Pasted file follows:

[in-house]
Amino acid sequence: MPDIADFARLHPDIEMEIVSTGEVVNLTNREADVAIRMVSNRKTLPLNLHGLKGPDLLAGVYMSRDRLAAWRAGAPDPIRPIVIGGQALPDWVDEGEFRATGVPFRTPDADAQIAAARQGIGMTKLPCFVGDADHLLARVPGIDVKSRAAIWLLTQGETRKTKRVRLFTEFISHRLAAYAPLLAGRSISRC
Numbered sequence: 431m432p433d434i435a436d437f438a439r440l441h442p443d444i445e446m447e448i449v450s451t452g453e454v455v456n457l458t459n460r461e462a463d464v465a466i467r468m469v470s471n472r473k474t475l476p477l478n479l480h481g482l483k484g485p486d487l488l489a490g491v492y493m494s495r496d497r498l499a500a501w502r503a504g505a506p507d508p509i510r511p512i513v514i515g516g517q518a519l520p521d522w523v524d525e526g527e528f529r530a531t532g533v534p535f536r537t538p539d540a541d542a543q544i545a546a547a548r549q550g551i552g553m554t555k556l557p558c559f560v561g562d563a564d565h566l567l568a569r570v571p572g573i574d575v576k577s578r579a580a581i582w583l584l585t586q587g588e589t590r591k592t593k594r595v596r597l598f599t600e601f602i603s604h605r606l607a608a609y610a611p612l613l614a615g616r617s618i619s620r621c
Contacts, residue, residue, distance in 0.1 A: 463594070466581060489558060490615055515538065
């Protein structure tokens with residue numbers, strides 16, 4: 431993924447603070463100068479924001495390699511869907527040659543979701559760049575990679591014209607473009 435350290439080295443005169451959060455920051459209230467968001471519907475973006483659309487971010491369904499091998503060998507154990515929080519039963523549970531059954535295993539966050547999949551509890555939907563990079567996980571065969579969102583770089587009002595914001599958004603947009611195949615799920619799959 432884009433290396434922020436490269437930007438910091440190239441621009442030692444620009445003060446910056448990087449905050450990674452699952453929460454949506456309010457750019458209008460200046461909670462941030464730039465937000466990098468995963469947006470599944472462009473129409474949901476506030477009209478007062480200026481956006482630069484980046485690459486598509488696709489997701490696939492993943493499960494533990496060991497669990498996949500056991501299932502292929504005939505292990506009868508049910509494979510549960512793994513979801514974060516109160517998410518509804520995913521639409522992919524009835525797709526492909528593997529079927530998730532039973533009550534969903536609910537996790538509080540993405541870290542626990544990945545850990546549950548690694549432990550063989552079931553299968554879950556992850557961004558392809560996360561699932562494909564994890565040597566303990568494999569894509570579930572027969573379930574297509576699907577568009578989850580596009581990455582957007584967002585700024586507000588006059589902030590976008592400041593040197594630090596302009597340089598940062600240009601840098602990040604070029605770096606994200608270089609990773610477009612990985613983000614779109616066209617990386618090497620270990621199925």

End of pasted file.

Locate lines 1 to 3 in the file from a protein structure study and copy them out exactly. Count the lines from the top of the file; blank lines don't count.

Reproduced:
[in-house]
Amino acid sequence: MPDIADFARLHPDIEMEIVSTGEVVNLTNREADVAIRMVSNRKTLPLNLHGLKGPDLLAGVYMSRDRLAAWRAGAPDPIRPIVIGGQALPDWVDEGEFRATGVPFRTPDADAQIAAARQGIGMTKLPCFVGDADHLLARVPGIDVKSRAAIWLLTQGETRKTKRVRLFTEFISHRLAAYAPLLAGRSISRC
Numbered sequence: 431m432p433d434i435a436d437f438a439r440l441h442p443d444i445e446m447e448i449v450s451t452g453e454v455v456n457l458t459n460r461e462a463d464v465a466i467r468m469v470s471n472r473k474t475l476p477l478n479l480h481g482l483k484g485p486d487l488l489a490g491v492y493m494s495r496d497r498l499a500a501w502r503a504g505a506p507d508p509i510r511p512i513v514i515g516g517q518a519l520p521d522w523v524d525e526g527e528f529r530a531t532g533v534p535f536r537t538p539d540a541d542a543q544i545a546a547a548r549q550g551i552g553m554t555k556l557p558c559f560v561g562d563a564d565h566l567l568a569r570v571p572g573i574d575v576k577s578r579a580a581i582w583l584l585t586q587g588e589t590r591k592t593k594r595v596r597l598f599t600e601f602i603s604h605r606l607a608a609y610a611p612l613l614a615g616r617s618i619s620r621c